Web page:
Commentary for Monday, June 10, 2019 – Gold closed down $16.50 at $1324.70 today. Expected actually – gold has been predictably weak for years when approaching $1350.00.
There was an aftermarket surge in prices initially but even this settled down to a few dollars higher as traders consider gold’s stubborn overhead resistance at these levels.
The DOW roars so this is not helping safe haven demand as risk appetite moves higher.
I would say this looks like a healthy corrective pull back but as usual some caution is warranted.
The technical picture for gold still looks bullish but keep in mind we have seen an unusually strong rise in prices which has been in place since late May ($1280.00). This alone sets up the possibility of further profit taking but I think traders are looking for more of a choppy market as the paper players feel their way around.
The Dollar Index today was steady moving on both sides of 96.00 and crude oil this past week has been somewhat higher moving from $51.00 through $54.00 a barrel but the 30 day trend has been a drag on gold prices moving from $62.00 through $51.00.
This from Phillip Streible (Kitco) is interesting. “Just a couple weeks ago gold was on the edge and hugging the 200 DMA at $1274 where cautious bulls were carefully monitoring any potential break below this level before getting defensive. However, at that time we saw an uncommon phenomenon occur in treasury yields and this is what started this recent bull market and could keep it alive for months to come.
Ten-year treasury yields which move in the opposite direction from price have pushed down to 2.09% while short term rates like the 3-month treasury have held steady at 2.26% creating an inverted yield curve. This phenomenon has predicted the last four recessions and generally we see that recession occur within 7 to 24 months after the inverted yield curve has lasted for more than a quarter. Looking at the CME FedWatch Tool there is a 24.5% chance of a 25-basis point cut predicted at the June 19th meeting and an 87.4% chance at the July 31st meeting. This combination should continue to lend support to precious metals markets.”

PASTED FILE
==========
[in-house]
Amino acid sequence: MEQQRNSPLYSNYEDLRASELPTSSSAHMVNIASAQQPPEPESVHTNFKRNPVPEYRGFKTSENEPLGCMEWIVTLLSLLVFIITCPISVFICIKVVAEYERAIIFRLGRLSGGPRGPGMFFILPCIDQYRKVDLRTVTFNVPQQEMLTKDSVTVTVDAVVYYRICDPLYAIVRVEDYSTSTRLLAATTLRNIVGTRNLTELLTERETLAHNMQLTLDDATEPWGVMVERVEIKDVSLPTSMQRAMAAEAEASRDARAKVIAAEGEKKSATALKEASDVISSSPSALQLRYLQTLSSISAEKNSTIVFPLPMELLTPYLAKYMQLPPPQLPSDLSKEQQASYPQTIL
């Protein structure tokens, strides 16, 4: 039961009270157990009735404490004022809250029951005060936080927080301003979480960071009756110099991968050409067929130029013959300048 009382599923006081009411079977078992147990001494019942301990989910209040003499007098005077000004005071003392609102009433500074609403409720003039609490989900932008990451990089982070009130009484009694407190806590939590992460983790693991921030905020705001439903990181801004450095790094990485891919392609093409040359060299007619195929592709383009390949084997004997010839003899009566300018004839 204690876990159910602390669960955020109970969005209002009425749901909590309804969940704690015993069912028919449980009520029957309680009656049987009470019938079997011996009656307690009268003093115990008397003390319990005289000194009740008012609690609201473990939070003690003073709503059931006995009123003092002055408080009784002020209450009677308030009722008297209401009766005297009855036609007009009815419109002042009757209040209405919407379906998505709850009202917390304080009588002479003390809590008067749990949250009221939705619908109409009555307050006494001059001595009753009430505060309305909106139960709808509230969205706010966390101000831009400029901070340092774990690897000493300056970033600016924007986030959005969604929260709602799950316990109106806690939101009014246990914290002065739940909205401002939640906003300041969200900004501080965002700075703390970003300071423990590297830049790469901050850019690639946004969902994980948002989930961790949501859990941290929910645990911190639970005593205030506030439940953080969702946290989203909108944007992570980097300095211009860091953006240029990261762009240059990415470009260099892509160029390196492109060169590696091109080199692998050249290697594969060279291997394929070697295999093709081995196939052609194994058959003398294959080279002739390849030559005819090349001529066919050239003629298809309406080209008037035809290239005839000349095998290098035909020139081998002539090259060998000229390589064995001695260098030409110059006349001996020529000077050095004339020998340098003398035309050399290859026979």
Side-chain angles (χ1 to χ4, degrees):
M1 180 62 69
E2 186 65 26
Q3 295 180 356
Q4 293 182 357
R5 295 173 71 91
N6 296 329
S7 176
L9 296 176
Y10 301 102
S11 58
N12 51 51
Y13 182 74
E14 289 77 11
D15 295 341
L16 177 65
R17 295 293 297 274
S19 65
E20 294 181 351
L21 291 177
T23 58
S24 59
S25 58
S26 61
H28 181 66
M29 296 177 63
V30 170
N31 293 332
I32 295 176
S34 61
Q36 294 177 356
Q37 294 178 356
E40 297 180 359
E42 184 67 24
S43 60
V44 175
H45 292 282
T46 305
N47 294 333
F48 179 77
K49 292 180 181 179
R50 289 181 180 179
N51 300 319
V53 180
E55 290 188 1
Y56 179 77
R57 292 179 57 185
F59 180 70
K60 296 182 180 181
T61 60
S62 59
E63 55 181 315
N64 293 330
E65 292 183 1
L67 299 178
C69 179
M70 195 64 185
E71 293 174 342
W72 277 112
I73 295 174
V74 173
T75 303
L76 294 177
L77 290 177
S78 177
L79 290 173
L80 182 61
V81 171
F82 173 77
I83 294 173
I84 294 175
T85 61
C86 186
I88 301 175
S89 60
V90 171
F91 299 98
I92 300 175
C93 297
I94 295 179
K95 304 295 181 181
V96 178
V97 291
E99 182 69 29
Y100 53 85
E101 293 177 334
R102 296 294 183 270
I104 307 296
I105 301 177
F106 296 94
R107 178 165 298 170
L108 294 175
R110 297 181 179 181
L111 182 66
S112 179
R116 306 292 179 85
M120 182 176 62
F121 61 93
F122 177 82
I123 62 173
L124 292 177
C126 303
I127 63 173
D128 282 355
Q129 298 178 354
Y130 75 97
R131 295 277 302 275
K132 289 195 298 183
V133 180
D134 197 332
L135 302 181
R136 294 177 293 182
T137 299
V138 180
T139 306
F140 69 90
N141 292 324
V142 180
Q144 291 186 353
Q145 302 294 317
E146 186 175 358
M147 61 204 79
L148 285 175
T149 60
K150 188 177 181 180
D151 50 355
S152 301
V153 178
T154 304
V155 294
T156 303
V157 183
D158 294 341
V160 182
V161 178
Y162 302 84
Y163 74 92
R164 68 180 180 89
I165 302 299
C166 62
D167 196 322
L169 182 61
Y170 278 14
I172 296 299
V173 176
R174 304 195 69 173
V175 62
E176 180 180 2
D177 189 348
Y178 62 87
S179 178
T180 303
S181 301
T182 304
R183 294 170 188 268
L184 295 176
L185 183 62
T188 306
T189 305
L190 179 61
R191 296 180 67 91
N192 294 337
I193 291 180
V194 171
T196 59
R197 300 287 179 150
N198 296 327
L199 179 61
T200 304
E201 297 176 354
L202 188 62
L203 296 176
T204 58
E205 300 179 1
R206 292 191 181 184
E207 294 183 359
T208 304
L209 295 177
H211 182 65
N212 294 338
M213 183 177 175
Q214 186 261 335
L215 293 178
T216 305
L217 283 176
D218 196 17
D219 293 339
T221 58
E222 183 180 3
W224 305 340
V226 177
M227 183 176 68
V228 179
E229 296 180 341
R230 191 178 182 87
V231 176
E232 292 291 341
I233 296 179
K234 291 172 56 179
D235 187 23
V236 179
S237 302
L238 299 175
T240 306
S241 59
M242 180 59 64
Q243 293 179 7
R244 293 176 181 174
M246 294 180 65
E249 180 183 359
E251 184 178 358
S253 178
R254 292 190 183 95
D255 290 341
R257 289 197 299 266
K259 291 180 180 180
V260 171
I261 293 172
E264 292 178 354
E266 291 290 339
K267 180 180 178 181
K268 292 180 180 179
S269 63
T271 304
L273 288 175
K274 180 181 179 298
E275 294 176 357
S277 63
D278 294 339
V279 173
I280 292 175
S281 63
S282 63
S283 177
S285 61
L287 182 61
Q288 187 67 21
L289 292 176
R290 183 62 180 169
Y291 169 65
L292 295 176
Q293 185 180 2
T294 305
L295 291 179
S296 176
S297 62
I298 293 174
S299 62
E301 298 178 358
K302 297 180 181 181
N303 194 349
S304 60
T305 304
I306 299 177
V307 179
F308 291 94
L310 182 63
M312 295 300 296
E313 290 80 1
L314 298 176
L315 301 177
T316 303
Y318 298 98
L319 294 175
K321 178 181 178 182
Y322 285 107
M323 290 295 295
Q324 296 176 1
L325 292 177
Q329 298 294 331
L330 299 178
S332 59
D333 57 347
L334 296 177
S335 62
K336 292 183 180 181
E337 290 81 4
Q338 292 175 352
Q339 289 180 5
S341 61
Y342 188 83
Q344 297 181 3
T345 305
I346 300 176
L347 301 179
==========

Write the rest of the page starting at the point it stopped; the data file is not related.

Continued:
I don’t see anything close to a recession in the near term but the financial markets both here and in Europe may not be as healthy as traders perceive.
Both us and the Europeans have embraced a very long term period of monetary expansion – debt is all over the place. I would not be worrying too much at this point but this kind of mismanagement builds in all sorts of unforeseen problems which might appear out of nowhere.
This from Zaner (Chicago) – “Global equity markets overnight were all higher following a softening of tensions between the US and Mexico. It is a little surprising that the markets discounted suggestions from the US Treasury Secretary that the US would be perfectly OK with even higher tariffs on Chinese goods. In fact with the US trade deficit with China expanding again in the most recent data, a partial easing of US/Mexican tensions and a massive protest in Hong Kong regarding new extradition rules that would seem to favor the US over China in the trade conflict situation. The Asian session saw a first quarter reading for Japanese GDP revised upward to 2.2%. As suggested the May Chinese trade balance figures showed China’s trade surplus with the US increased to $26.89 billion versus a prior reading of $21.01 billion! Economic data released early this morning included the UK trade balance which saw a narrowing of its deficit, UK industrial production which declined by 2.7% and UK manufacturing production which also fell sharply. The North American session will start out with May Canadian housing starts which are expected to show a moderate decline from April’s annualized rate. April Canadian building permits are forecast to have a moderate downtick from March’s 2.0% reading. The April job opening and labor turnover (JOLTS) survey is expected to have a moderate decline from March’s 7.488 million reading.